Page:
This is where Steve finds her. She’s shell-shocked. Unable to convince her there is more to do; that mankind might not deserve Diana. But it’s not about this, he passionately tells her. It’s about what she believes. Still, she resists his impassioned pleas (“Maybe it’s not what you deserve, but what you believe. I believe that this war should end. If you believe the same, then help me stop it! Help me, please!”), and instead, he walks away, ready for battle. For Diana, another battle waits when finally, she faces the real Ares.
As the cruel god tries to convince her they could do great things together, Diana is caught off guard unable to defend herself. Seeing her lying on the ground, Steve rushes towards her.
Steve speaks passionately to Diana before he leaves. Only we can’t hear him over the raging battle and loud noises. He touches her hands, holding her gaze and hands, and backs away, running toward the danger. She looks down at her hands to see he left behind a watch. A watch that belonged to his grandfather. She stands there, dazed. Frozen in place, she sees Steve board the plane and take flight. Helpless on the ground as Ares continues to best her, she sees Steve’s plane. Soon a ball of fire engulfs his aircraft. He’s gone. Crying out, Diana’s strength frees the ties binding her.
Quieting everything around her, the battle, the horror, the voices, Diana remembers one thing. Steve’s words as he spoke to her before boarding the plane…
Rushing towards her, he asked if she’s ok. He follows with telling her he has to go.
Confused, Diana manages to grasp what he’s saying. Devastation clouds her features. She argues whatever needs to be done she can do it. She wants him to know she’ll take the burden. To stop. To continue to remain at her side.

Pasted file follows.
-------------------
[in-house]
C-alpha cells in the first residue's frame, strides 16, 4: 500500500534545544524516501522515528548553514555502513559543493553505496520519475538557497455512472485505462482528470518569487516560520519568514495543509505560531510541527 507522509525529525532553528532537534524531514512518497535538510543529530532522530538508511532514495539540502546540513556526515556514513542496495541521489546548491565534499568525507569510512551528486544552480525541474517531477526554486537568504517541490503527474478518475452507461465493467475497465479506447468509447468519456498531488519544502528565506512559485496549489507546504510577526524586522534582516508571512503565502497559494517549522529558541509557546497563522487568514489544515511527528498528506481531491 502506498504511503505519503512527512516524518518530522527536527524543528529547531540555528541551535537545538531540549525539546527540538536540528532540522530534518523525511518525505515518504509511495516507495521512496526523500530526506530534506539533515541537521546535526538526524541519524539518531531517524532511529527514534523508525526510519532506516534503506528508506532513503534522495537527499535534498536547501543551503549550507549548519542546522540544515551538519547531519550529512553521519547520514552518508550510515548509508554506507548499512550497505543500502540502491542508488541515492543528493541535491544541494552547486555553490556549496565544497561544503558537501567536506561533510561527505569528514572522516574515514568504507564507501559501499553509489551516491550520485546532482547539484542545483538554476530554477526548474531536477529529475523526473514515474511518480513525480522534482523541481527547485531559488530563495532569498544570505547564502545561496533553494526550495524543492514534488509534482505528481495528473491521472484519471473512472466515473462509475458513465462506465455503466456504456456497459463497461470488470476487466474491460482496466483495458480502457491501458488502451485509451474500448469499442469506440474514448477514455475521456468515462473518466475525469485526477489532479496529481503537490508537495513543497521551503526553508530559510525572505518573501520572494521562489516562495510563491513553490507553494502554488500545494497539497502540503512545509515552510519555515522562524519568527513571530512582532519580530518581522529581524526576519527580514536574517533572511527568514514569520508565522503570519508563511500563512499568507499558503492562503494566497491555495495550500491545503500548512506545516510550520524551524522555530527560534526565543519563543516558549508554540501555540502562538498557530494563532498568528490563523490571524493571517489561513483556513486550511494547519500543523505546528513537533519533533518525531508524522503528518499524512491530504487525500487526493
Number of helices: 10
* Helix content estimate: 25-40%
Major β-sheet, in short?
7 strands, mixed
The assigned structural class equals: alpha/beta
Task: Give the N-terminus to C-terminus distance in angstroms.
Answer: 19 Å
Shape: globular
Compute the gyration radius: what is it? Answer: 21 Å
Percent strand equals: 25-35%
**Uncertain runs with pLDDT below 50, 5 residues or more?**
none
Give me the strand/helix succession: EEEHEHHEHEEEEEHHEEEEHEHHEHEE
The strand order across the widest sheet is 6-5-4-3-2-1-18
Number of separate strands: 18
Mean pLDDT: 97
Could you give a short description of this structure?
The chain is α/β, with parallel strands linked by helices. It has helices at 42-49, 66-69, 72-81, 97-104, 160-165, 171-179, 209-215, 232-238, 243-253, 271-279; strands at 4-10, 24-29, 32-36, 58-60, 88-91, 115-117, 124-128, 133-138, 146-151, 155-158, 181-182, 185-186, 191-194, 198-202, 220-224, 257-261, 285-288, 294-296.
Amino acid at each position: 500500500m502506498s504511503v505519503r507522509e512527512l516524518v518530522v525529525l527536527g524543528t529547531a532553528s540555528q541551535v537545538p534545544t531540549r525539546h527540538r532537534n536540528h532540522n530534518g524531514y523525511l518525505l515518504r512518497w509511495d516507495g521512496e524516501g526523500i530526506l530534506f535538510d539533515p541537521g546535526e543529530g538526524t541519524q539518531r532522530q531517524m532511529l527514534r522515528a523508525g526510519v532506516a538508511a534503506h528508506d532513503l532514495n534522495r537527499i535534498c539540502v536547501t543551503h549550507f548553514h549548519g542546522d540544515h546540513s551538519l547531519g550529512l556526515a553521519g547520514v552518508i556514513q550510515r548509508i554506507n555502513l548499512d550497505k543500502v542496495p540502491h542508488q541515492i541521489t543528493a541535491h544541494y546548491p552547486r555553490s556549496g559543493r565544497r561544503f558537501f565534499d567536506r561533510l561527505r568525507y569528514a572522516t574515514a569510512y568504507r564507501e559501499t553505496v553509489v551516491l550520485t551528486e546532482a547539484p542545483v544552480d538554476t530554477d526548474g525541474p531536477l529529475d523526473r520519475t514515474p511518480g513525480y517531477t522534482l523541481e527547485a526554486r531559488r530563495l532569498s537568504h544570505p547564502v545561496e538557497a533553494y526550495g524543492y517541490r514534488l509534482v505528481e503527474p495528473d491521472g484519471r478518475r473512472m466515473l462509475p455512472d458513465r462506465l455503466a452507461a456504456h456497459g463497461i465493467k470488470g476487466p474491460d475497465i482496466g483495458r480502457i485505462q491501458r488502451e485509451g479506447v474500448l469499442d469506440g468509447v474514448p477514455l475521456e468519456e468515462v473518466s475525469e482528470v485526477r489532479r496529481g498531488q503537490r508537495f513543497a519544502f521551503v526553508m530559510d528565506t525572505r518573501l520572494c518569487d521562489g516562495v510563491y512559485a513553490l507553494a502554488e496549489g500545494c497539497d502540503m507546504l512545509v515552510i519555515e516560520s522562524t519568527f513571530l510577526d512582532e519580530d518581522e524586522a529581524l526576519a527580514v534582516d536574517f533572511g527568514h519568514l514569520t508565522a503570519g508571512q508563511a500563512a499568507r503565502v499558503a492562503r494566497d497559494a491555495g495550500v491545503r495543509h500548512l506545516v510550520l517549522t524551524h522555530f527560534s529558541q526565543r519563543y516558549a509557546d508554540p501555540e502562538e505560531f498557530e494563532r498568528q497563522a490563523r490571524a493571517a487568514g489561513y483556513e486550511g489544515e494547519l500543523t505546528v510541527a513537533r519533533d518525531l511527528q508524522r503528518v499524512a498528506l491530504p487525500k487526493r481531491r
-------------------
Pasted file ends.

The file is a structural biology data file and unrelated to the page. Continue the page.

Not to be deterred, Steve is at peace about his decision. He takes the time to further convince her, and ensure she’s listening as he continues, “I can save today.” Pausing, as if this goodbye is painful, he ends with, “You can save the world.”
He knows today is the day he can make a difference. This is his contribution.
Before he leaves, he presses the watch into her hands, and tells her, “I wish we had more time.” As he begins to draw away, his parting words open Diana’s broken heart as she recalls what those words were, “I love you.”
In the wake of these memories, she opens her eyes, and giving Ares a hard stare, she tells him his theory about humans has flaws. Using the strength of Steve’s love and protecting those around her, she tells him, “It’s not about ‘deserve.’ It’s about what you believe. And I believe in Love.”
With her powers unlocked, she defeats Ares, and the battle comes to an end.
As the story draws to its close, Diana still looks at the photograph, and out of a drawer, she pulls Steve’s parting gift. His watch. Lovingly caressing it, she gently places it into the briefcase and pulls out stationery. To Bruce, she writes the following note, “Thank you for bringing him back to me.”
Although a bittersweet love story, I adore it. It works well for the film and makes me believe Wonder Woman’s mantle goes beyond the obvious. Because while the overt theme of this story may want to convey one of power, the nuances to this story teach us something far greater. Love doesn’t have to be a weakness. Love is beautiful and powerful…
Have you seen Wonder Woman; did you like it or not? Do you like Steve Trevor? Do you think we’ve seen the last of Steve or will he make a return in upcoming DC universes? Sound off below!